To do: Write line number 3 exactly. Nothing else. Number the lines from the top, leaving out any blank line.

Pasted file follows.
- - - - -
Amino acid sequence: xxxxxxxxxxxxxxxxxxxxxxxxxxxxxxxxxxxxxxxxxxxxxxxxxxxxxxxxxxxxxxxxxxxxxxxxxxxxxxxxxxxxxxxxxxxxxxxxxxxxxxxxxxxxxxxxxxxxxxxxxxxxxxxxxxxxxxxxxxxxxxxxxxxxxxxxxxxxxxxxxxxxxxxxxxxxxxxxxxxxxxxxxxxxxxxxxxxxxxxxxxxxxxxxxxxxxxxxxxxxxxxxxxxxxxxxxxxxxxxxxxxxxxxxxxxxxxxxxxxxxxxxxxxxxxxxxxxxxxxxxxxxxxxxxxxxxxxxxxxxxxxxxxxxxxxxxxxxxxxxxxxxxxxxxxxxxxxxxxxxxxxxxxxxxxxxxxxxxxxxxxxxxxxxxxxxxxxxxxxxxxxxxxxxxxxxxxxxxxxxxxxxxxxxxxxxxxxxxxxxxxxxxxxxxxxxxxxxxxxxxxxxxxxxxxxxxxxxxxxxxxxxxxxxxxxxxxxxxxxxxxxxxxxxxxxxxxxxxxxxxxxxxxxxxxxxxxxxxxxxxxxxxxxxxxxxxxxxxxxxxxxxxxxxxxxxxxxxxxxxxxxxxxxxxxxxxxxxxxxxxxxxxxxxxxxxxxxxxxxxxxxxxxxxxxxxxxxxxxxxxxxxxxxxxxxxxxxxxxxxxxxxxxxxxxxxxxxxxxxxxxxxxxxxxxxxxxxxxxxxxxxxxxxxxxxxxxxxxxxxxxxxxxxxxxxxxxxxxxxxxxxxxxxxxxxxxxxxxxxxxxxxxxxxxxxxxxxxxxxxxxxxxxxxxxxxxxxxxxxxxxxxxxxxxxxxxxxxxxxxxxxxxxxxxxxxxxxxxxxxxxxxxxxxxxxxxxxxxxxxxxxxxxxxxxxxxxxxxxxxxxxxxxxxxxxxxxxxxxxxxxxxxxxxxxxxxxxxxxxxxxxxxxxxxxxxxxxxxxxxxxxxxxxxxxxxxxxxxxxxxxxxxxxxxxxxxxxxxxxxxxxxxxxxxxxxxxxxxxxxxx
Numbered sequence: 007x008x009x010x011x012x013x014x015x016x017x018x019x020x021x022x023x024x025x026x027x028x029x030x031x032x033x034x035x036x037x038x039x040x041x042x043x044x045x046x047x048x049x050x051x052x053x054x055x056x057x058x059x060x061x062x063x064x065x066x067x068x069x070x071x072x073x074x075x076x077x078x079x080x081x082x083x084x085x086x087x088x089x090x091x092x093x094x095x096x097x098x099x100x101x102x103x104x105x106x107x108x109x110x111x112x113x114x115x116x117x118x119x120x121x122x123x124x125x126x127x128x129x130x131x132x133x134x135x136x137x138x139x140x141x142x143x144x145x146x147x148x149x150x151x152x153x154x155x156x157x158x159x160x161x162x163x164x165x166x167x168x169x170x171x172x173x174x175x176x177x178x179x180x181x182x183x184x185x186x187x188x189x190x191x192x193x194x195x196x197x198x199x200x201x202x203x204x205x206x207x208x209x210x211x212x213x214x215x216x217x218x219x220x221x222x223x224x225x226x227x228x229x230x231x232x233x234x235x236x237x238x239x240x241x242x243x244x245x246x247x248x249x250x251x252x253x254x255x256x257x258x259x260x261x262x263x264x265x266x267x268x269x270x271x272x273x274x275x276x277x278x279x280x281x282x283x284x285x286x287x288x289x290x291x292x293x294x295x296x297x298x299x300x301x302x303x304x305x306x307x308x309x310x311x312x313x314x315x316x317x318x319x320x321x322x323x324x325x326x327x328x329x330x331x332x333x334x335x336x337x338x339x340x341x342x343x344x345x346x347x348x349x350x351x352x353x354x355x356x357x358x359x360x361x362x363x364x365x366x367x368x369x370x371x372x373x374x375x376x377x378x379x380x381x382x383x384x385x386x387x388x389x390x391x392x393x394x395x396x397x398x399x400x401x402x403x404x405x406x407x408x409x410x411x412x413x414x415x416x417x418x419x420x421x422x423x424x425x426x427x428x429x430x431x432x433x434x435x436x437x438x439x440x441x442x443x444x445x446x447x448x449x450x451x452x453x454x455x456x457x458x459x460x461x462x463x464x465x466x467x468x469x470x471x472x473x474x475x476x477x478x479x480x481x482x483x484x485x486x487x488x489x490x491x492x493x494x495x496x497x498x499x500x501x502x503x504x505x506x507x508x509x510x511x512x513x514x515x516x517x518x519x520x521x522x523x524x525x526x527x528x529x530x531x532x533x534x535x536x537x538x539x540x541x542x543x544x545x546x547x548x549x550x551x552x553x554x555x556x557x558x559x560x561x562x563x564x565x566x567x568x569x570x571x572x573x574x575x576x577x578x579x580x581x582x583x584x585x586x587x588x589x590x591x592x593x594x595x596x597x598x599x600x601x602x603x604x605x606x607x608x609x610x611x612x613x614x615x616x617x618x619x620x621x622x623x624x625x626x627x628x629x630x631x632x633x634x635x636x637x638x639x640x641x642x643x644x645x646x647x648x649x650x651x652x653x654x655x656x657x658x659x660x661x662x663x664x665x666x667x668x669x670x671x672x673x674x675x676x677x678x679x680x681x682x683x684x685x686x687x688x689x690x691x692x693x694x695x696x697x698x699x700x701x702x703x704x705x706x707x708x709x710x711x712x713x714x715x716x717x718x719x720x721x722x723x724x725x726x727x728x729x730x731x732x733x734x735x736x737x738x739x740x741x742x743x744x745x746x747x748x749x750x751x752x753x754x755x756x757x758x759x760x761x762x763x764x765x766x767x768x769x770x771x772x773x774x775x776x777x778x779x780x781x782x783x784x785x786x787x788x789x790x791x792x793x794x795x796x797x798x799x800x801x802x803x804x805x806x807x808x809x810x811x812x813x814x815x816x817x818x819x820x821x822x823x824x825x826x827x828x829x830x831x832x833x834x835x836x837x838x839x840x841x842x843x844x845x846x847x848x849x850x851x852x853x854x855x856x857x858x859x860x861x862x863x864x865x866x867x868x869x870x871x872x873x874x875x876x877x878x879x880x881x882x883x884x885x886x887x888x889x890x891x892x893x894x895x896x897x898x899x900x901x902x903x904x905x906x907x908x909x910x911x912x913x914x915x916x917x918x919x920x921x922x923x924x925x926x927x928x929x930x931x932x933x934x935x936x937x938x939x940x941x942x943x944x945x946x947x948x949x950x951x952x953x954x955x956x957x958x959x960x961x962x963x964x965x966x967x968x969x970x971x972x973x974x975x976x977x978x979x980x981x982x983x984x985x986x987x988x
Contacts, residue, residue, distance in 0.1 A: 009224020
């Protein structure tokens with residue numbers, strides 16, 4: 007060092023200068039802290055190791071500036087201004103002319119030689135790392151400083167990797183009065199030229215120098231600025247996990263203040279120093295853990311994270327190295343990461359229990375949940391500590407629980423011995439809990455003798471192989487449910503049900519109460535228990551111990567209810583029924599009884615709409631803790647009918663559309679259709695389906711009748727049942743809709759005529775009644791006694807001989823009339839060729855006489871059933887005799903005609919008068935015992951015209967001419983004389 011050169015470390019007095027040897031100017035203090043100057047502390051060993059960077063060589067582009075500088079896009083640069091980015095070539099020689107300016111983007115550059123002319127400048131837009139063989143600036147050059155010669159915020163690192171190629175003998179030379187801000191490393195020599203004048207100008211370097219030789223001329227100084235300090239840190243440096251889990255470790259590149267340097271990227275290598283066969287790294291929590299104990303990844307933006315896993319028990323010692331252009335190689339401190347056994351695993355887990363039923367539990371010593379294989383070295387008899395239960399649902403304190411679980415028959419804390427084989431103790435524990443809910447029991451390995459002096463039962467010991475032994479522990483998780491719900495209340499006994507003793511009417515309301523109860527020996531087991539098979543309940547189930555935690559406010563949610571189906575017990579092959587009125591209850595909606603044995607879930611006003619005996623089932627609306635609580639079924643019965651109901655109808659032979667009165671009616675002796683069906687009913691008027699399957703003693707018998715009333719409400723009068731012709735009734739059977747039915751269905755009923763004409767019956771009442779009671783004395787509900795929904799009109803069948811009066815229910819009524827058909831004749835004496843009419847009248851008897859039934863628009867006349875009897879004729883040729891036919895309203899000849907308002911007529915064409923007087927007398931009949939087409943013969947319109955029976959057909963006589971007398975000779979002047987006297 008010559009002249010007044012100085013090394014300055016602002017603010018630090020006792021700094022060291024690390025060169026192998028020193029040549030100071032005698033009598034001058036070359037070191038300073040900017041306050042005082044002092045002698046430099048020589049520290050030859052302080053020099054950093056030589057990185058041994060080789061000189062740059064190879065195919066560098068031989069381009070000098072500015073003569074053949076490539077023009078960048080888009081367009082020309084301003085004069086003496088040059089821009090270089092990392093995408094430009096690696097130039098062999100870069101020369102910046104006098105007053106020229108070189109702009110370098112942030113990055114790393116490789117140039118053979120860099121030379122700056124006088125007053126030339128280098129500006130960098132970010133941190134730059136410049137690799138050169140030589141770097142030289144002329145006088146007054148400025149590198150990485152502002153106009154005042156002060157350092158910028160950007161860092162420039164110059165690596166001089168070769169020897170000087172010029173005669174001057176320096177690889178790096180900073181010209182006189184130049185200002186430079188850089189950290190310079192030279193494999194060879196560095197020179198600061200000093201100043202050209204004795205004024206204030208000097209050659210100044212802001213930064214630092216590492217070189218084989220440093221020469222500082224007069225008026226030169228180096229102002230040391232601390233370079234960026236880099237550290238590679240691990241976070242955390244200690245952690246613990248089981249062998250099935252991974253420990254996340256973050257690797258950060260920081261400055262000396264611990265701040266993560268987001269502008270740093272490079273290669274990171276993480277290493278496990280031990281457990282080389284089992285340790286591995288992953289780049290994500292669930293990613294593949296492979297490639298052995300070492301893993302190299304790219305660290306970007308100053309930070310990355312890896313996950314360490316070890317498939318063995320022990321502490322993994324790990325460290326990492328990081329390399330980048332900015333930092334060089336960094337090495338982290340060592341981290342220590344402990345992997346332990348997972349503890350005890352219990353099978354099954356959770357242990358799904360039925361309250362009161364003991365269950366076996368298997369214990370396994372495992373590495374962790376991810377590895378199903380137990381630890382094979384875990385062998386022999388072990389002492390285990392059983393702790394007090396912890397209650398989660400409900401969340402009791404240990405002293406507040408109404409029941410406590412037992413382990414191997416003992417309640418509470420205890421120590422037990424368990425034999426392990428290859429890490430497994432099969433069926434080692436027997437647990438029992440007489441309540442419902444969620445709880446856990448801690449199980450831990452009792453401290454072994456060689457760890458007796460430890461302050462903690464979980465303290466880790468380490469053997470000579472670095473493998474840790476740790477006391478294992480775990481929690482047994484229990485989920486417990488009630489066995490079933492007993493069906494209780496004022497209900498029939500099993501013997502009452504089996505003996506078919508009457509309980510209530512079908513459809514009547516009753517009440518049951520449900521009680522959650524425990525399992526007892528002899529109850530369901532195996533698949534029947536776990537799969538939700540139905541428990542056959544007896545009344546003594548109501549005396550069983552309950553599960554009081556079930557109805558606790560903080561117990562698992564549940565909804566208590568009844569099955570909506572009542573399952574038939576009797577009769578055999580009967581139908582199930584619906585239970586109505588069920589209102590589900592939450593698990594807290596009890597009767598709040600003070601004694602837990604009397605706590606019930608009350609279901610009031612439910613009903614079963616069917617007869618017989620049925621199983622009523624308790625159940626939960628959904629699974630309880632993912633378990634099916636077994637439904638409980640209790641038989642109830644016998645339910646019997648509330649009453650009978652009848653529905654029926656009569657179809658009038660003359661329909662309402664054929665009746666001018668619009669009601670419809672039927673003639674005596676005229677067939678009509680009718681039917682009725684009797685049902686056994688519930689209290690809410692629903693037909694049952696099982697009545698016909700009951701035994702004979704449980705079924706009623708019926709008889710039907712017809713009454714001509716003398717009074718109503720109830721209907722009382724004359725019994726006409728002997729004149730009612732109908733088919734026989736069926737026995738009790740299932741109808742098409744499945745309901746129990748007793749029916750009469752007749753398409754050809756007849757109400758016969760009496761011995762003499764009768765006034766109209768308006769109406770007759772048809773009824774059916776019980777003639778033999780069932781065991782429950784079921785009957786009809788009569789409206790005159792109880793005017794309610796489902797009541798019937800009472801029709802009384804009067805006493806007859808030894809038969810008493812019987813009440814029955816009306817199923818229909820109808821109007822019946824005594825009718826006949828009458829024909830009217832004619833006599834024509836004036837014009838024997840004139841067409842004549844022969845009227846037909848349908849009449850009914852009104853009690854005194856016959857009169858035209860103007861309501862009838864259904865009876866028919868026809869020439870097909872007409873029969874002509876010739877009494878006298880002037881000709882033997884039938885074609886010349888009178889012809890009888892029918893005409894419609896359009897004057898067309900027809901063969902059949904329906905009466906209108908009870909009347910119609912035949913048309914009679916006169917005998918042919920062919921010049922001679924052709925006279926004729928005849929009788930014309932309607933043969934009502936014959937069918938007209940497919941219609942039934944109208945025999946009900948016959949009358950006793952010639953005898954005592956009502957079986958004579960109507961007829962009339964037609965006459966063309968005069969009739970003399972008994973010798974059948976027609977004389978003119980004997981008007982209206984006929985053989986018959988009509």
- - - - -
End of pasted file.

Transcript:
Contacts, residue, residue, distance in 0.1 A: 009224020